Dr. H. R. Fletcher, Regius Keeper
Royal Botanic Garden, Edinburgh, Scotland
It was my misfortune to have met this great gardener only during the brief period of the International Rhododendron Conference in Portland in 1961. But even during that short time we talked so much, not all of it about rhododendrons, that now I feel that I knew him for long. I found it wonderful to talk to him; his voice sounded to me lovely, soft and warm; he made me feel so good, made me feel that I knew so much about rhododendrons when in point of fact I knew perfectly well that Rudolph had forgotten more about these plants than I ever will know. For he had grown so many of them and it is only they who grow plants who really know plants. Any fool can learn a few names, even many names; but this is not knowing plants.
To see his nursery was a richly rewarding experience for me, as well as a tremendous surprise. 1 expected to find fine hybrids-and of course I did; but I expected to find a great many more actual plants than were there because I knew that he had been hybridizing rhododendrons for almost a quarter of a century. And when I questioned him about this he confessed that during the past twenty-four years he had flowered well over 30,000 seedlings and that he was now growing some 300 of these; the rest he had destroyed. Would that many another rhododendron breeder had Rudolph Henny's wisdom and courage. I found him tremendously humble about his great achievements although he did tell me he believed that each of these 300 seedlings had considerable virtue and that no inferior plant of his breeding was on the market.
He told me this in no boastful or proud way. In fact in one thing only I found him proud. He was proud that "Mrs. Henny has a keen sense of judgment with our new seedlings and will pick out certain of them the first time or two that they bloom, and I will mark them with a metal label 'Leona's Selection' and many of these plants have later received awards and won ribbons at the Shows."
I think he would also have been proud could he have attended the lecture I gave on May 1, 1962, to the Royal Horticultural Society at Vincent Square, London, on the opening day of the Rhododendron Show. There was a large attendance of rhododendron experts who had many fine exhibits on view, and of rhododendron lovers, all of whom had a connoisseur's appreciation of fine rhododendrons. I showed color slides which Rudolph had generously sent to me of several of these "Leona Selections"; 'Tidbit', 'CIS', 'Captain Jack' (which he regarded as the finest of his red-flowered hybrids), 'Last Chance', 'Captain Kid', 'Lake Labish', 'Red Cloud', 'Red Wax', 'Leona' (the finest of his pink flowered hybrids, he thought), 'Wink', 'Doris Caroline', 'George Grace', and others. The applause which greeted many of these hybrids of Rudolph's would have pleased him, I think.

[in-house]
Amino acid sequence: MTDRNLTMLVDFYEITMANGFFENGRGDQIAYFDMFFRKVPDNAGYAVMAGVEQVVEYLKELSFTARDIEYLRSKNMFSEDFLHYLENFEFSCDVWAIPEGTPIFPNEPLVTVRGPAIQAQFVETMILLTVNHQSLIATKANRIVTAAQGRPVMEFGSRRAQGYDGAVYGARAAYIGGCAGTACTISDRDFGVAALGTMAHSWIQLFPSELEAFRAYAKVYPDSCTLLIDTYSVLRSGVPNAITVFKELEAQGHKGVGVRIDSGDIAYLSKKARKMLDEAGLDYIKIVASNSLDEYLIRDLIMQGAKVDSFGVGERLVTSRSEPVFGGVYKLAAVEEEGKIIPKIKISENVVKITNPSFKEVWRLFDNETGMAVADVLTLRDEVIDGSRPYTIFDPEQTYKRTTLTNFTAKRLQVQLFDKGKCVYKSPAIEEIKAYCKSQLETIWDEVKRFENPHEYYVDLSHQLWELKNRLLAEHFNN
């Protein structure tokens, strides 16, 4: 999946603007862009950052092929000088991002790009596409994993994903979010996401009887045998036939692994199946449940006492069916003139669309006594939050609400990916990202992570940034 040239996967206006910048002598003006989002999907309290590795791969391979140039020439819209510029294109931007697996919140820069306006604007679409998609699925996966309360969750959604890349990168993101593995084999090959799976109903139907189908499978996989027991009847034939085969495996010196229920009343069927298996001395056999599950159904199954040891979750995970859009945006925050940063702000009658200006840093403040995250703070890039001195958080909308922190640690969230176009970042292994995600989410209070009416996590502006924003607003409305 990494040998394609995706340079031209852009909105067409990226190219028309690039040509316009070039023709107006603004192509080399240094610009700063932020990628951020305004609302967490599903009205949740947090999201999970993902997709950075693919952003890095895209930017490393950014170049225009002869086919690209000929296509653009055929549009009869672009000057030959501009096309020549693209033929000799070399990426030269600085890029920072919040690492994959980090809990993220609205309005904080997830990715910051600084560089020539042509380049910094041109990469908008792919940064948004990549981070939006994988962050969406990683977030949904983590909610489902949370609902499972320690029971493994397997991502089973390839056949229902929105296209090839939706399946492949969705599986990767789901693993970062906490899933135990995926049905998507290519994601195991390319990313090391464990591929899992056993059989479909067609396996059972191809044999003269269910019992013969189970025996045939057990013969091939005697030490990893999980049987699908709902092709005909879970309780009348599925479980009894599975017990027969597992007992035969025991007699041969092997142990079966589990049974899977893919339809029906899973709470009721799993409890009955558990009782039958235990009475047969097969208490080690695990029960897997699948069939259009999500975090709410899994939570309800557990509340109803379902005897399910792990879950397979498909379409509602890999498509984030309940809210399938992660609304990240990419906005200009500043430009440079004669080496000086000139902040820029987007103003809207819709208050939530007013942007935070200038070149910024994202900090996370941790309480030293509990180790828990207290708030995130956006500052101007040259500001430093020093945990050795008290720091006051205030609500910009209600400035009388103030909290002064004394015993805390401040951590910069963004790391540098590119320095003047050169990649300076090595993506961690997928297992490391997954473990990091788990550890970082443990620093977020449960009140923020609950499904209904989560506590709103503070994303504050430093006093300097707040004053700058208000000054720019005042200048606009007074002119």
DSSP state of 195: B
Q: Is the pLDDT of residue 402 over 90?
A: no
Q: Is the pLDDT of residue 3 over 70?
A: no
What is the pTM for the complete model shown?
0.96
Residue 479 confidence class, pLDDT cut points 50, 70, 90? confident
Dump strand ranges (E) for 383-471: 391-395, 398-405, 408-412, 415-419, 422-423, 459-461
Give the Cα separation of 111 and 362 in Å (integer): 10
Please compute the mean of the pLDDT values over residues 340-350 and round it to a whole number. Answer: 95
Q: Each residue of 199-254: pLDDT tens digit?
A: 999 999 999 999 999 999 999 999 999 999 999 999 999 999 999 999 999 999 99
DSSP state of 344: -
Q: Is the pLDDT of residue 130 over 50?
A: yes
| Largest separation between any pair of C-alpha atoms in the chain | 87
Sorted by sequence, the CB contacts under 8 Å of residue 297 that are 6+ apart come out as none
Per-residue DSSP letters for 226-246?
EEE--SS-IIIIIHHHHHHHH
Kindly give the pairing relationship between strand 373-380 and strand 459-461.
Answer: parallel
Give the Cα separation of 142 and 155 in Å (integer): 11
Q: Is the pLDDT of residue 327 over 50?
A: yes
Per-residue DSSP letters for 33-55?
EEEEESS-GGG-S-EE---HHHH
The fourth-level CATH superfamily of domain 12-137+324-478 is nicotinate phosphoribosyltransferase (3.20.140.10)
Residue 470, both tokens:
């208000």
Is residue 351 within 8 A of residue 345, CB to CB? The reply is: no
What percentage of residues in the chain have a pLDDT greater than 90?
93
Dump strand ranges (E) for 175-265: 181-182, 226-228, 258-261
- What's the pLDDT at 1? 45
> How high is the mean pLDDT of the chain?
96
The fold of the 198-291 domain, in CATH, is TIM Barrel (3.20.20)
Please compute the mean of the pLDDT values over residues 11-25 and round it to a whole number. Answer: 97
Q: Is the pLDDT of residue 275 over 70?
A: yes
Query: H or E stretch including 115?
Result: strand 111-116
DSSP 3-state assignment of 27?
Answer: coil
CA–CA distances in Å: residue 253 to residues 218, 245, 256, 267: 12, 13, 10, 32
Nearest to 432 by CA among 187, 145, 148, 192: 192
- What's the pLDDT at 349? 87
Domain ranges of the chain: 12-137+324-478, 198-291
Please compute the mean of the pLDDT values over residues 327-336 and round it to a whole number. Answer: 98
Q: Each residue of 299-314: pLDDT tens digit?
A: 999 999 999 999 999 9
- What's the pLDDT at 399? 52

Now that so many of the finest forms of the species, as well as so many Award of Merit and First Class Certificate hybrids raised in Britain, are available in the States; now that there is, as a result, such a vast pool of genes available to the rhododendron breeder, I have absolutely no doubt whatsoever that Rudolph Henny would have bred even finer rhododendrons had he been granted more years of life.
No matter. He gave abundant proof that he was a truly great horticulturist. But there are many great horticulturists and Rudolph would not have regarded this distinction as of much importance. Personally I believe that he was something much greater than this. I believe he was a very great Gentleman; and there are not so many of these.